India was considered a second-class country with a slow rising domestic market when I was a child growing up in Delhi. Now, 40 years later, India has developed into a world-class technology hub and a major destination for investment capital from around the globe.
A tremendous amount of venture money is flowing into India and every day we read headlines about the “rise of India,” leading us to believe that India is headed for great success. However, there are still many obstacles the country must overcome to move up the value chain and successfully navigate the world economy, of which early stage foreign investment is a component.
What are India’s key advantages and challenges? How important is innovation in India and what does the country need to do to compete in the global world and eventually become a tech superpower? As venture capitalists actively making investments in both the U.S. and in India today, my firm and I ask ourselves these questions every time we evaluate a new investment opportunity. Although there are challenges associated with investing in India, we continue to put money into a variety of new sectors, and we are extremely optimistic about what we’ve seen to date.
There are three segments in which we believe India can truly excel, and we are currently making investments in these areas: consumer Internet, second-generation services and product companies.
There are tremendous opportunities in the local consumer markets (both Internet and mobile) in India. Business models for the Internet have been well proven in the U.S., and we have also seen these models succeed in China. As penetration of broadband and wireless increases, we think the Indian market will mimic China.
While wireless penetration has increased in the last few years, broadband penetration has increased at a slower rate. We predict that wireless and broadband penetration will continue to increase more rapidly. In fact, the Telecom Regulatory Authority of India announced recently that 1.3 million Indians today have broadband connections.
The opportunity for additional broadband penetration combined with a sizeable middle class with tremendous spending power (India’s booming middle class has approximately $420 billion to spend) makes today’s investment landscape in India extremely attractive. We’ve seen this through our investments last year in such companies as Yatra.com, the first online and centralized travel services company for the India market, and Sulekha.com, the first and largest online social media and local commerce destination for Indians to interact and transact with their peers and businesses.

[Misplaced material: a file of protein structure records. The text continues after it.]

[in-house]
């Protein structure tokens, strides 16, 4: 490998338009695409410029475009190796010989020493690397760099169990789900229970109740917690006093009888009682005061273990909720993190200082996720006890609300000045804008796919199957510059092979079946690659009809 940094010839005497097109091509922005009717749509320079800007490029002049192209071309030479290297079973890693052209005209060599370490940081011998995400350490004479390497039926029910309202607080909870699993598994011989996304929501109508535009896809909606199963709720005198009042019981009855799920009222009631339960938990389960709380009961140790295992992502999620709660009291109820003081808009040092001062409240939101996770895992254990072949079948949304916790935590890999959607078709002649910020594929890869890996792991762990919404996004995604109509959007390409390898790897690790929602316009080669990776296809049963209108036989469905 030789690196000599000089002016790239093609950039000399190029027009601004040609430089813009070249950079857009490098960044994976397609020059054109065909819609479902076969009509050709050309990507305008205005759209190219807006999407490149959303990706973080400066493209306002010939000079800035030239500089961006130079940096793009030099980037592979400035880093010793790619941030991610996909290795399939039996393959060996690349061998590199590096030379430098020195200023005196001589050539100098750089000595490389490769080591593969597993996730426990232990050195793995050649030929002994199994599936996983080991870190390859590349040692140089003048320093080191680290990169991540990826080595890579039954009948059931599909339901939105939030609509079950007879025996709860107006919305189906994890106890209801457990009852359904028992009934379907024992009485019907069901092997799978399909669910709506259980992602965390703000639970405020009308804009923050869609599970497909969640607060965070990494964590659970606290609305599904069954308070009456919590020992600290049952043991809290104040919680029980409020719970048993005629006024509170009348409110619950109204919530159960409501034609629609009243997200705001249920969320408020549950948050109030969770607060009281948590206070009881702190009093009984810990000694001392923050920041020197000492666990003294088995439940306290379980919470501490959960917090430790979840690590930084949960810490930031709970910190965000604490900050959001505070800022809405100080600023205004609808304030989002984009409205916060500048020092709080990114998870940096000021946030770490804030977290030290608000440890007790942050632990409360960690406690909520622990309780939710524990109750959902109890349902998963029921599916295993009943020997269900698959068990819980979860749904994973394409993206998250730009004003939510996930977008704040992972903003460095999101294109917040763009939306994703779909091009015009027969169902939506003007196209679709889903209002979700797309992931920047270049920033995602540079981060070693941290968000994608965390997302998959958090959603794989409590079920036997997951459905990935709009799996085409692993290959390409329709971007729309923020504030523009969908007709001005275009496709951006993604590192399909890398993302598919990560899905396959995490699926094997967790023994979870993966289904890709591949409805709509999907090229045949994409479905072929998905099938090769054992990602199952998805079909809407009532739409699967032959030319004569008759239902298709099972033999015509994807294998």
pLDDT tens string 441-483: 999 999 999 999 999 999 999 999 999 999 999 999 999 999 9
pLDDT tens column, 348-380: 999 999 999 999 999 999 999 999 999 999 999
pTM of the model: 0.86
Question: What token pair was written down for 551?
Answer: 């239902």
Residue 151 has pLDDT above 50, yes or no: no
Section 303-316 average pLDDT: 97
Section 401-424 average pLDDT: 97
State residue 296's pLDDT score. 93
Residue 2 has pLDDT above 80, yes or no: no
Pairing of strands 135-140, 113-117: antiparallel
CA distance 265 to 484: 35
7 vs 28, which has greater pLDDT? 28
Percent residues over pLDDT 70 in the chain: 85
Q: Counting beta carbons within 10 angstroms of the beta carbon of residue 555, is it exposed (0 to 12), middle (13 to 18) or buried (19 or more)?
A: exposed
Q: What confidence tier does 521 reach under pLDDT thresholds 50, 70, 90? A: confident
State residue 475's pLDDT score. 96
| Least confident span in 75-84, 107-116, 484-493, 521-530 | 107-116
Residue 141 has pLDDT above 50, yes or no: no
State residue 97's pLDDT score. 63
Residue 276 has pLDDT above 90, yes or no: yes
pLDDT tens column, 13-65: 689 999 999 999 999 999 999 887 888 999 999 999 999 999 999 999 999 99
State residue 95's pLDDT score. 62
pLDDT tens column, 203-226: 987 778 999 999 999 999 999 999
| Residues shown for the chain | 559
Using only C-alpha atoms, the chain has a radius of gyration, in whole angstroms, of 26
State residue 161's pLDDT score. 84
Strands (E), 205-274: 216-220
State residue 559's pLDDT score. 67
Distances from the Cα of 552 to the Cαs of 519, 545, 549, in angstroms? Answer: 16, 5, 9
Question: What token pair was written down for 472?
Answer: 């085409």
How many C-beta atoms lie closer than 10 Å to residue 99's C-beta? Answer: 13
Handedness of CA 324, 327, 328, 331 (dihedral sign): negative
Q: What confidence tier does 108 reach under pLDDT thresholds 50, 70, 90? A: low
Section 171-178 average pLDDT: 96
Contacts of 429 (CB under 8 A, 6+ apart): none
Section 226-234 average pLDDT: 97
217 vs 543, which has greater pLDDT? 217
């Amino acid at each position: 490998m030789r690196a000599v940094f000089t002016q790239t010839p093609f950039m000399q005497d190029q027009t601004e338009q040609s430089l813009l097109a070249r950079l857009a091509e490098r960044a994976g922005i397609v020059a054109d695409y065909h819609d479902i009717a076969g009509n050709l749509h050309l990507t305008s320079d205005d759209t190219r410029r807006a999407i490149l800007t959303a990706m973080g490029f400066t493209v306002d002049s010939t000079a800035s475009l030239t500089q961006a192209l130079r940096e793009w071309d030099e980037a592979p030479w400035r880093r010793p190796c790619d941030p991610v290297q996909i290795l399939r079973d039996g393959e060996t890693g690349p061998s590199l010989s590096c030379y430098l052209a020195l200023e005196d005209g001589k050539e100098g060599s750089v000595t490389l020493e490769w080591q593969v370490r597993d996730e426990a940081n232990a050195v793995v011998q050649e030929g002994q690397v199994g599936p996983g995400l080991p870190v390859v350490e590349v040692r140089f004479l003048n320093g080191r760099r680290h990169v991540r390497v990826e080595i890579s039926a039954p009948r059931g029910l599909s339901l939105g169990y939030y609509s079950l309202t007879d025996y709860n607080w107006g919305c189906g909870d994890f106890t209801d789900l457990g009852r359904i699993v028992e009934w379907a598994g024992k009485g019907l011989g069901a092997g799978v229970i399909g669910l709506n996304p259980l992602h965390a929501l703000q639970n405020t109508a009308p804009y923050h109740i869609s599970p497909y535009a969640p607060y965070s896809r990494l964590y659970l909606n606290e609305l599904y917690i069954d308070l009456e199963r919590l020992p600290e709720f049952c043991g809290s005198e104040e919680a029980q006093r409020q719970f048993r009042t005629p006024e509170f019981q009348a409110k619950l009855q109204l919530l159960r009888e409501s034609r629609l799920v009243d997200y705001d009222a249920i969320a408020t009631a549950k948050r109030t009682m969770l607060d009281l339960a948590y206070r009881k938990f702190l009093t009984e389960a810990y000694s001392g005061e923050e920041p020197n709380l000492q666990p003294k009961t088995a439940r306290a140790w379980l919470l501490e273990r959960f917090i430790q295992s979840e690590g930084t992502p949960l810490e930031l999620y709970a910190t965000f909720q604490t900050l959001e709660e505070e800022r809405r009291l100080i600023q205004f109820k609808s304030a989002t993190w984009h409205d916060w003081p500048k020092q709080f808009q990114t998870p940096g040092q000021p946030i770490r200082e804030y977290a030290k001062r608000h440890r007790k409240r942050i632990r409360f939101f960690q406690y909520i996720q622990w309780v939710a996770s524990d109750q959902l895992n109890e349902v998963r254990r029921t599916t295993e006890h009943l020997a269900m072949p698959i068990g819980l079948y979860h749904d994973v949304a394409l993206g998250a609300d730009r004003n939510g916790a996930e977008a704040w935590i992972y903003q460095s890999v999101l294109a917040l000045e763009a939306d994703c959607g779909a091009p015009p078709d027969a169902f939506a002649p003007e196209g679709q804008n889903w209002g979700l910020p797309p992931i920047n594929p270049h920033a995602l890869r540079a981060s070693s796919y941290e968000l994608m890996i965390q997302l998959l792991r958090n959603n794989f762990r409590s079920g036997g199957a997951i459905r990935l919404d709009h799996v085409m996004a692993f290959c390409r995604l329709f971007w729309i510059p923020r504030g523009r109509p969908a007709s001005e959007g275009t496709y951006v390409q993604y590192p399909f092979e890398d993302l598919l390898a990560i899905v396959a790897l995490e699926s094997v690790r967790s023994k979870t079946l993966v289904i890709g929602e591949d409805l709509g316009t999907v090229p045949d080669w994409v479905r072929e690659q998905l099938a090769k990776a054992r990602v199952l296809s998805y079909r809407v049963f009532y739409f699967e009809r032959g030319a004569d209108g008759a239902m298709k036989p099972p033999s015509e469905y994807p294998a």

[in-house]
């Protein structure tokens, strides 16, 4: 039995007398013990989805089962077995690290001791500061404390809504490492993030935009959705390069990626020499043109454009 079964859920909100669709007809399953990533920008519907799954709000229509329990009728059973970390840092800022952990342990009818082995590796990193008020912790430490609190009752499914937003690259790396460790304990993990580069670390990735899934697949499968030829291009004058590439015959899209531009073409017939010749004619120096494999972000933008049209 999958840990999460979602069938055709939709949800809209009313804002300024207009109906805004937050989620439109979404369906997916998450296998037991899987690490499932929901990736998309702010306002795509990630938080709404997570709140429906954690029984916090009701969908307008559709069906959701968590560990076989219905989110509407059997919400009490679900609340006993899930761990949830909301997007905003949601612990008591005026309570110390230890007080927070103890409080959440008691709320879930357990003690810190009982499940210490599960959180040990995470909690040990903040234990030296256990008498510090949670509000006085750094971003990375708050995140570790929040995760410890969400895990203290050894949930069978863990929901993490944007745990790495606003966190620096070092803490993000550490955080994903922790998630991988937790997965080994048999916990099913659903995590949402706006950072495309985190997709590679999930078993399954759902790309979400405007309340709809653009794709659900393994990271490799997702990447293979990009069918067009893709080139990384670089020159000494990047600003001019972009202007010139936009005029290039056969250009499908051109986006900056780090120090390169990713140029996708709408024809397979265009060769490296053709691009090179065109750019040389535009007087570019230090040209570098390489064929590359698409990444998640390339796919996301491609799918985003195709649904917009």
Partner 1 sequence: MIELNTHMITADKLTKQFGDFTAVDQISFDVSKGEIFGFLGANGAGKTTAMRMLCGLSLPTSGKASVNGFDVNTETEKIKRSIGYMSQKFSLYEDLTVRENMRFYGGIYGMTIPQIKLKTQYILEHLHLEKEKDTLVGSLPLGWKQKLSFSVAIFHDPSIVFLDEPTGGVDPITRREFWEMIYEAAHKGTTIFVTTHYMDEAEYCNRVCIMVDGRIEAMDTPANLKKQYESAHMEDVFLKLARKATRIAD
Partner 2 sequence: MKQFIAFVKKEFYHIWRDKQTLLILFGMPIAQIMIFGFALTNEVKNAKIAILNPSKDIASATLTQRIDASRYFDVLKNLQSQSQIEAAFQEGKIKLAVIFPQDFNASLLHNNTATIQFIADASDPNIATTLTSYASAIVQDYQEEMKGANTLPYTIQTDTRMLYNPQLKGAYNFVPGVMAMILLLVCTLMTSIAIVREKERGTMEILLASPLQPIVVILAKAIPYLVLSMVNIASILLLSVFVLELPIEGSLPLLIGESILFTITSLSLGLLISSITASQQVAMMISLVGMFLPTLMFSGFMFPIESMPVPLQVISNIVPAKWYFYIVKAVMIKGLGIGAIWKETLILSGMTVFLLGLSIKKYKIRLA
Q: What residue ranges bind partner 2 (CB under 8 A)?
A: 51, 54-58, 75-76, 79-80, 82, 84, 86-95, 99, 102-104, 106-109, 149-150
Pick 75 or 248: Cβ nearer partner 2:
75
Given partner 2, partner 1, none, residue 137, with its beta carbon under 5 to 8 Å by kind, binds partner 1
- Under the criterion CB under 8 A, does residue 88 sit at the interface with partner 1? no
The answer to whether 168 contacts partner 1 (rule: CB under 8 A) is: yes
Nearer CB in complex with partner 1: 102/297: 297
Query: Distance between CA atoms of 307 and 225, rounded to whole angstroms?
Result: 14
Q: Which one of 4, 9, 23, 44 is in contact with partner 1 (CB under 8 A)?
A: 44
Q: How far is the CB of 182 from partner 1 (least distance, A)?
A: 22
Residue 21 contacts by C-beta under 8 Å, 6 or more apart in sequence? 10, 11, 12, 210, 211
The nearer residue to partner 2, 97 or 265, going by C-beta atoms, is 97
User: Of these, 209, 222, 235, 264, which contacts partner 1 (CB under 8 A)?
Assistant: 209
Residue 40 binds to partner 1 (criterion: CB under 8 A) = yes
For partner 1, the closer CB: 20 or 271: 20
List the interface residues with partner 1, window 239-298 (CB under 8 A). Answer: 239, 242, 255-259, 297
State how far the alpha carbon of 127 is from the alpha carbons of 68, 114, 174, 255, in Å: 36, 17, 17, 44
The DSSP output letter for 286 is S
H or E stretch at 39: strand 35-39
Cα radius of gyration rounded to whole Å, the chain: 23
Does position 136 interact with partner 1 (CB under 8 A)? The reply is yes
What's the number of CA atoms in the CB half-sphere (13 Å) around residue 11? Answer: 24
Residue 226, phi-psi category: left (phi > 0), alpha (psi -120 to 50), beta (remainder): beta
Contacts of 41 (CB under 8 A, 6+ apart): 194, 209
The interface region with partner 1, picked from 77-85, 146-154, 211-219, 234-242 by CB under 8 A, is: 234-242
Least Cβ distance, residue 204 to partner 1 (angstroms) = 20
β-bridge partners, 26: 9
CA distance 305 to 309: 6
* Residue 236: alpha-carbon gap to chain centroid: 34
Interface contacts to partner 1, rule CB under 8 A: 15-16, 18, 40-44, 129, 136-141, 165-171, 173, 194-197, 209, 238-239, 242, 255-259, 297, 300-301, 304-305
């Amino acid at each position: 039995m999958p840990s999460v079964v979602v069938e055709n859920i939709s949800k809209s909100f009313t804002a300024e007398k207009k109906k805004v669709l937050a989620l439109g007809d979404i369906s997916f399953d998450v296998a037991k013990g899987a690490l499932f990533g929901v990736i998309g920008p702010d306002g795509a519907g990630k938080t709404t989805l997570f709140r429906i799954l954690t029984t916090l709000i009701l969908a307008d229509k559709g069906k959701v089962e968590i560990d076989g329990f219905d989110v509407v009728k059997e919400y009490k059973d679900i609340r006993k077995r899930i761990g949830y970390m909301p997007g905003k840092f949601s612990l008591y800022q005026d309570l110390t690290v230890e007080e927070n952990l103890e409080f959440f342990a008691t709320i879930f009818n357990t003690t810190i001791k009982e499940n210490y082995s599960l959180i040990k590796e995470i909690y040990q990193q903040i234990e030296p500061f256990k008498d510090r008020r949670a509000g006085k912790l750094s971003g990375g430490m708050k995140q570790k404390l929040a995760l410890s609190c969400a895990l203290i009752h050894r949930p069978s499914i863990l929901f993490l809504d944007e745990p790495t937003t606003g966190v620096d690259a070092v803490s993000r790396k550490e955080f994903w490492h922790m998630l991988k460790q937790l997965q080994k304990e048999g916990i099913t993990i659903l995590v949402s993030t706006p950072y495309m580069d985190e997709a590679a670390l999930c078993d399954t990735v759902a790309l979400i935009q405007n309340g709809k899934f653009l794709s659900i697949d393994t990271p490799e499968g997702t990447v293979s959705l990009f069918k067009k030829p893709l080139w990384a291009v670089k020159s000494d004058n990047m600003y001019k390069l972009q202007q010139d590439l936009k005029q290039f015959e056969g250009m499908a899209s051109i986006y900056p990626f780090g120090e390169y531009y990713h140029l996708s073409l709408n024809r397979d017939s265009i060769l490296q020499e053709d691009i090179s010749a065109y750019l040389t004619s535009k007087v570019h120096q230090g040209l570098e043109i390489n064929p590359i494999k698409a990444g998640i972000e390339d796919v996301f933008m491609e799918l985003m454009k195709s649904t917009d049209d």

There are three segments in which we believe India can truly excel, and we are currently making investments in these areas: consumer Internet, second-generation services and product companies.”
Promod Haque, Managing Partner, Norwest Venture Partners
We are also beginning to see the maturity of the second-generation services market. This sector is not solely focused on information technology companies. It also includes attractive investment opportunities in the areas of embedded systems, semiconductors, pharmaceuticals, medical devices and other knowledge-based outsourcing. Although we are still in the early stages of seeing products germinate in India, we believe this will rapidly accelerate in the coming years.
When looking at investing in product companies today, the markets and early adopters of technology (when it comes to large enterprise customers) are based in the U.S. Therefore, we’ve found that the smart companies in India that want to aggressively target global markets choose to work with VC firms that can help expand their markets globally. As such, we’ve made more than 20 “hybrid” or “cross border” investments in companies that are headquartered in the U.S. but have extensive operations in India. By locating the headquarters of these hybrid companies in the U.S., we can help them reach U.S. customers (early adopters) more efficiently.
However, we envision a tremendous shift taking place in India during the next five years. Innovation of new technology is always done in collaboration with early adopters. As the country continues to open up, Indian enterprises will rely on technology as a key differentiator to compete globally. The rapidly increasing salaries in India will also force the country to rely more heavily on technology to increase productivity.
Investing in India seems obvious based on these numbers and promising opportunities, but investing in early stage startup companies in India is not as easy as it sounds. Research on “Early Stage Risk Capital in India” by Rafiq Dossani, senior research scholar at Shorenstein APARC, recently indicated that although the flow of venture capital in India has increased substantially since 2000, over 90% of the money is invested in later stage initiatives that are mostly replicating proven business models. Very few innovative startup companies are actually being funded in India, and this could negatively impact future innovation in the country.